The northern cardinal eats a wide variety of fruit, seeds, grasses, and grains. Sunflower seeds are a favorite food. It may take sap from holes in trees made by woodpeckers. Insects form about a third of its diet. These include cicadas, boll weevils, scale insects, beetles, and various caterpillars.
It feeds from trees or thickets at times, but is frequently seen foraging on the ground under feeders or sunflowers. At the feeder, the northern cardinal likes seeds and suet, especially sunflower seeds. It is usually the first bird seen at the winter feeder in the dim twilight before dawn, and often the last bird seen near dusk.
Calls and Songs
The northern cardinal has a wide variety of songs. Most common is a descending “what cheer … what cheer…” often in pairs, sometimes three to five times. This is often immediately followed by a “whoit-whoit-whoit-whoit” that ascends in pitch. This might also be transliterated as an ascending “Cheer-up, cheer-up.” These two syllables (or perhaps more accurately described as a one syllable diphthong) are repeated several times in rapid succession. Sometimes the second part of the call is a more rapid short clear trill, repeated perhaps 20 times over two or three seconds.
Most songs are clear whistles with distinctive tremolo. Parts of the songs seem to either ascend or descend in pitch, but remain a very clear and bright whistle. While there are many variations, these songs are easily learned with a little careful observation. Frequently, their songs continue for several minutes from a tree top perch. With their bright red color, they are easily seen from this usually exposed location.
A single note call is more commonly heard when the bird is foraging in thickets or trees. This is a single sharp “pik” or “chip” sometimes in a cluster of two or three notes, but often with several seconds between notes, repeated several times per minute. This is also commonly heard in cedars and hedges near dusk.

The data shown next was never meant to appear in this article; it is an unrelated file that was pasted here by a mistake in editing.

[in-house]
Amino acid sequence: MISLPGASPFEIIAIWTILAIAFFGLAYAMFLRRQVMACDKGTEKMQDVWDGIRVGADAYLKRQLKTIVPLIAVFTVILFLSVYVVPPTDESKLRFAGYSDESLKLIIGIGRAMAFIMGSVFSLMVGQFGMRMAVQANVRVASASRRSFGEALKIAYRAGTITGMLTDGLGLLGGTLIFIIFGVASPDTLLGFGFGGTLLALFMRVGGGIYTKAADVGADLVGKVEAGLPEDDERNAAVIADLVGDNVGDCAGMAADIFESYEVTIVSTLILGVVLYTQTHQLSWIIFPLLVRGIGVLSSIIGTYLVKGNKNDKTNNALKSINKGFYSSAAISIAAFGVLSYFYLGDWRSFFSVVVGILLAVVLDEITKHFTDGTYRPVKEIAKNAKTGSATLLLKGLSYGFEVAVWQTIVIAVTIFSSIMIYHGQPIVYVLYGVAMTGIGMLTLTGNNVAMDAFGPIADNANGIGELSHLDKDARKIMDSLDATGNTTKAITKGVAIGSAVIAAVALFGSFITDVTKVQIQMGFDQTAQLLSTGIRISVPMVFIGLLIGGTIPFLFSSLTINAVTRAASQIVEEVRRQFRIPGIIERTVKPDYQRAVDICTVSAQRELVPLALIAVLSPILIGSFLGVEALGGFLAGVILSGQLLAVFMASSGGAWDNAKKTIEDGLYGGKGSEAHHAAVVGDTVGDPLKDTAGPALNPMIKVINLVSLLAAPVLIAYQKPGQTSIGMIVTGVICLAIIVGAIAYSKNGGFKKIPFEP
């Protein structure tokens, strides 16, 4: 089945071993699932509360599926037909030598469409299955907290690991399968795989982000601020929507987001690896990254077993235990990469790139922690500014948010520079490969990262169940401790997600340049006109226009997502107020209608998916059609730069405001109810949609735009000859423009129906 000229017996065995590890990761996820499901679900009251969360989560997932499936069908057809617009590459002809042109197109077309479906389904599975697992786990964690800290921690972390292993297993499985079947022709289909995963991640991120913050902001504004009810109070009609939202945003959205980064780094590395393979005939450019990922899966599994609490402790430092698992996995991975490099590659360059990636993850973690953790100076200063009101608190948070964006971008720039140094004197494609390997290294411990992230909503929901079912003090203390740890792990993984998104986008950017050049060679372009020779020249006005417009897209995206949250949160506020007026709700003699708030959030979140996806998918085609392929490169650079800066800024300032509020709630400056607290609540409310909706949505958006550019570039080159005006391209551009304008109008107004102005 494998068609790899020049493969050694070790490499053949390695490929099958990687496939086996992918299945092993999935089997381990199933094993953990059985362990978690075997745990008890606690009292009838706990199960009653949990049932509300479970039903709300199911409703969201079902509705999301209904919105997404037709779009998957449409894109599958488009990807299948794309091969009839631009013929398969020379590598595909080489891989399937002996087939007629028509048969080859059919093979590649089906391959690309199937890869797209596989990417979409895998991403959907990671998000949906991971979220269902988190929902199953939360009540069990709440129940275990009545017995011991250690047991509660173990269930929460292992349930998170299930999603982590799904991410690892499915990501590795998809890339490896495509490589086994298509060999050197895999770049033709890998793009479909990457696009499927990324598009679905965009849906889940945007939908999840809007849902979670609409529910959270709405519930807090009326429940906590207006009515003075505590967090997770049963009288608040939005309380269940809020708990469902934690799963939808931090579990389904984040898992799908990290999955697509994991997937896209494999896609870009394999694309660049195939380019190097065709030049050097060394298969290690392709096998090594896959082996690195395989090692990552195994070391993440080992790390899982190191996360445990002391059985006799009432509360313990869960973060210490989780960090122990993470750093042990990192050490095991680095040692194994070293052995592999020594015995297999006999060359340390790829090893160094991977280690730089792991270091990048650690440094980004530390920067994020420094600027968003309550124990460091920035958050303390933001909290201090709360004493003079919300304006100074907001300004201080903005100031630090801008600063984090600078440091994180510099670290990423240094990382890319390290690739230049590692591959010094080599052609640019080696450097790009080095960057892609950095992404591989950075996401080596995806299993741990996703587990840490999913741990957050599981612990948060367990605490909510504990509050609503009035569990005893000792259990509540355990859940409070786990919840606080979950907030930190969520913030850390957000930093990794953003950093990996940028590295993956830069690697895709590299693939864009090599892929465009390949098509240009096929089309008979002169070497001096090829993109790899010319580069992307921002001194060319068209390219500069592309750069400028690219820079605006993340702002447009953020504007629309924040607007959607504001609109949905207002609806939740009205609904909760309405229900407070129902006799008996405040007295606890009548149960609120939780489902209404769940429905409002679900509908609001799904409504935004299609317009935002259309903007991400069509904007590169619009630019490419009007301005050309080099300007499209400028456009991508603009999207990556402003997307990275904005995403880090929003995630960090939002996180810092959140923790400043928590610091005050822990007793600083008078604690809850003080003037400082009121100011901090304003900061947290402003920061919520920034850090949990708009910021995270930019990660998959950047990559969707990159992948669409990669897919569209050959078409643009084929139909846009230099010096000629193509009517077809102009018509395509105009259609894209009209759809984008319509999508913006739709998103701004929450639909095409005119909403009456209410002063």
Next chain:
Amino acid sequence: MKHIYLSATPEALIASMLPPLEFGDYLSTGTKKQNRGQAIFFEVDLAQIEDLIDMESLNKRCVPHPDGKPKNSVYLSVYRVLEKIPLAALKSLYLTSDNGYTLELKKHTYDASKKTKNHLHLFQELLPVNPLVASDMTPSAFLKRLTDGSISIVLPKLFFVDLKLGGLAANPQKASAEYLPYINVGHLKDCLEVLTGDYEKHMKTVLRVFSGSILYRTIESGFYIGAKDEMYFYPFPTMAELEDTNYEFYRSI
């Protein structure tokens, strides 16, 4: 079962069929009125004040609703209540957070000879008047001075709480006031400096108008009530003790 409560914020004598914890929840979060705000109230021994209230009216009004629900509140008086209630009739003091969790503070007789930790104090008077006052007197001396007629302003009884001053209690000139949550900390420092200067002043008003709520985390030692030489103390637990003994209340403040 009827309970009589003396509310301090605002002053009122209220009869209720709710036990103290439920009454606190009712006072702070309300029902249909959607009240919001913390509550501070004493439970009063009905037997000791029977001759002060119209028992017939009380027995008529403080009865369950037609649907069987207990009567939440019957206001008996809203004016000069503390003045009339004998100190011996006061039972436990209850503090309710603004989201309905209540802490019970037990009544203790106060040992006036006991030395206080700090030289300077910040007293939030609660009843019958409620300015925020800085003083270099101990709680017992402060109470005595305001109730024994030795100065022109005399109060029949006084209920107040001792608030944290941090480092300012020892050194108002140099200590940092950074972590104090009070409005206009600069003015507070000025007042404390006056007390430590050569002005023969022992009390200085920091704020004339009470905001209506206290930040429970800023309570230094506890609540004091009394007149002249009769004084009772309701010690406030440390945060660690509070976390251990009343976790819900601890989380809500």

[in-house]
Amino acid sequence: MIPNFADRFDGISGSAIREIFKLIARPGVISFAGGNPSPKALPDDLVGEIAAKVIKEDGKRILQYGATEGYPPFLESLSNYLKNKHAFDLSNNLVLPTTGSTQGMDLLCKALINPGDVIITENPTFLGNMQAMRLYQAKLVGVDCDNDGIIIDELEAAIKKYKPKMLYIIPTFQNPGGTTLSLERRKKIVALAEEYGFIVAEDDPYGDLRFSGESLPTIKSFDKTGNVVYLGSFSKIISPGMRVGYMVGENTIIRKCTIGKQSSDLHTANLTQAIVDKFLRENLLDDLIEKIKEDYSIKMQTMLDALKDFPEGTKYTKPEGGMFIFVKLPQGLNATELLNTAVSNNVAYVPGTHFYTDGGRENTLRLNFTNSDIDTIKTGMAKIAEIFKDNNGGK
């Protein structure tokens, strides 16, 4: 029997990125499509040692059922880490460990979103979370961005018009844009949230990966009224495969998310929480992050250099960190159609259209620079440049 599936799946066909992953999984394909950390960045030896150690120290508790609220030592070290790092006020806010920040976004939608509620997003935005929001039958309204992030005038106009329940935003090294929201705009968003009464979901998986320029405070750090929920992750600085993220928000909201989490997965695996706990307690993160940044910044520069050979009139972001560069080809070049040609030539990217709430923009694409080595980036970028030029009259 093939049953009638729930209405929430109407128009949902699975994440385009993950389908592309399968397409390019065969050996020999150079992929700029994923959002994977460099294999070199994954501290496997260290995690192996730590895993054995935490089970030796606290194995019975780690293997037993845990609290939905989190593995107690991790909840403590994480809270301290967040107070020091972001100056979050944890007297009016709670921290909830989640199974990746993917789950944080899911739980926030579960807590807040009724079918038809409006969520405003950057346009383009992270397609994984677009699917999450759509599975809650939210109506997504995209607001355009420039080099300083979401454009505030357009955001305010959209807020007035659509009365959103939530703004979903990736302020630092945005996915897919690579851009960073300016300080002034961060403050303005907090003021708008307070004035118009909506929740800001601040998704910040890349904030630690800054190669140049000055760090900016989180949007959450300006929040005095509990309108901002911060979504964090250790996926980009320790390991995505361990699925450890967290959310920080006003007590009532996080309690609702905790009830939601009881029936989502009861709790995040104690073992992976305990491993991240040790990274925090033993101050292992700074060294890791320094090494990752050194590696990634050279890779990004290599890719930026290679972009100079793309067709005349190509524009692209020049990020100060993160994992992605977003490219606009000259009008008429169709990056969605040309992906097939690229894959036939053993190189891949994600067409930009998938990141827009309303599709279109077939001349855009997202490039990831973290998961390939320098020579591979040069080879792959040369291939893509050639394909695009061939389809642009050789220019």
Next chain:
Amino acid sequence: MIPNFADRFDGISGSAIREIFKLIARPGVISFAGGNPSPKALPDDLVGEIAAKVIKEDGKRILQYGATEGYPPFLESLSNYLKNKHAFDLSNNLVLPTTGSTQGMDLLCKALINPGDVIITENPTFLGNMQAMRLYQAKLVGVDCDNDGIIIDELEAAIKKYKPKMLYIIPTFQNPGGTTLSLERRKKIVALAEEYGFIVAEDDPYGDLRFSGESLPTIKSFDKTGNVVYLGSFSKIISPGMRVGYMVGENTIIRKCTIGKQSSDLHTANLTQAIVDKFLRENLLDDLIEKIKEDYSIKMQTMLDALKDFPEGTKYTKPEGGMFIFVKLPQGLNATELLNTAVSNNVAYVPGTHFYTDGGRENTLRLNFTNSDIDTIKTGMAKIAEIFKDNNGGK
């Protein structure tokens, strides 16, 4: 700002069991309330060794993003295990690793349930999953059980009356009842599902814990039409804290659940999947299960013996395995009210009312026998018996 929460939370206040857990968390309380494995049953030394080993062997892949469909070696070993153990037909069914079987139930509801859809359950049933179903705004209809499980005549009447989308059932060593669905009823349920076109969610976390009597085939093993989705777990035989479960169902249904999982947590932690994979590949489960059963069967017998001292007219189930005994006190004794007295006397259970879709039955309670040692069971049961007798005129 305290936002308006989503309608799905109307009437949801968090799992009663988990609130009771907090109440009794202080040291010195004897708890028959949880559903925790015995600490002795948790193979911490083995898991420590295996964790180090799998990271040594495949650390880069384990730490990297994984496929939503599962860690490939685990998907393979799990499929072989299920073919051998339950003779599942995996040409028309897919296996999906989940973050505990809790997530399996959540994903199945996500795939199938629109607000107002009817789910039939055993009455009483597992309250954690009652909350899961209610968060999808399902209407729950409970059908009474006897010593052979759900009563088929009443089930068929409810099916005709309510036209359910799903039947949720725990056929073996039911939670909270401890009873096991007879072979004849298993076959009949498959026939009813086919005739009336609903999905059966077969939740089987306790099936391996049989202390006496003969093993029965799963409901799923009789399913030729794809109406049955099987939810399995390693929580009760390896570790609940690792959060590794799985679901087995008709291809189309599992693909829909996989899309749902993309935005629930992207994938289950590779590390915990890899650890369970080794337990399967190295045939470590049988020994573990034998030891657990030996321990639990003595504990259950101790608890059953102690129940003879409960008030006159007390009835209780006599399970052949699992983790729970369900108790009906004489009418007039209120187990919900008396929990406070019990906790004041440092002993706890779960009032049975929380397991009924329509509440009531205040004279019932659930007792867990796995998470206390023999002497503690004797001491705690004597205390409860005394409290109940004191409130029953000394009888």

While they call year round, the northern cardinal is heard more frequently starting about mid-February in my upstate New York location. From late winter until mid August they are usually an early singer, starting perhaps a half hour before sunrise. This singing continues for most of the day. Less frequently heard in mid afternoon, they begin singing again in earnest about two hours before sunset until just past sunset.
A common visitor to winter bird feeders, the northern cardinal is usually silent during these visits. Sunflower seeds are sure to attract his bright red colors to the often-drab winter scenery. When one begins to hear more frequently the “cheer-up” call in late winter, it is time to follow his advice. Cheer up. Spring cannot be too far behind after surviving another long northern winter.
Alsop, Fred J. III. Smithsonian Handbooks: Birds of North America, New York: DK Publishing, 2001.
Mahnken, Jan. The Backyard Bird-Lovers Guide , Storey Communications, 1998 ISBN 0-87596-804-X
Pearson, T. Gilbert, Editor. Birds of America, 1936, Doubleday & Company.
Peterson, Roger Tory. A Field Guide to the Birds, 1980. (Eastern North America)
Proctor, Noble, PhD. Song Birds: How to Attract Them and Identify Their Songs.
Rodale Press, Emmaus, Pennsylvania, 1988.
Northern Cardinals Sounds, All About Birds, Cornell Lab of Ornitholody
Northern Cardinal Identification – All About Birds, Cornell Lab of Ornithology
Bird song sample and range map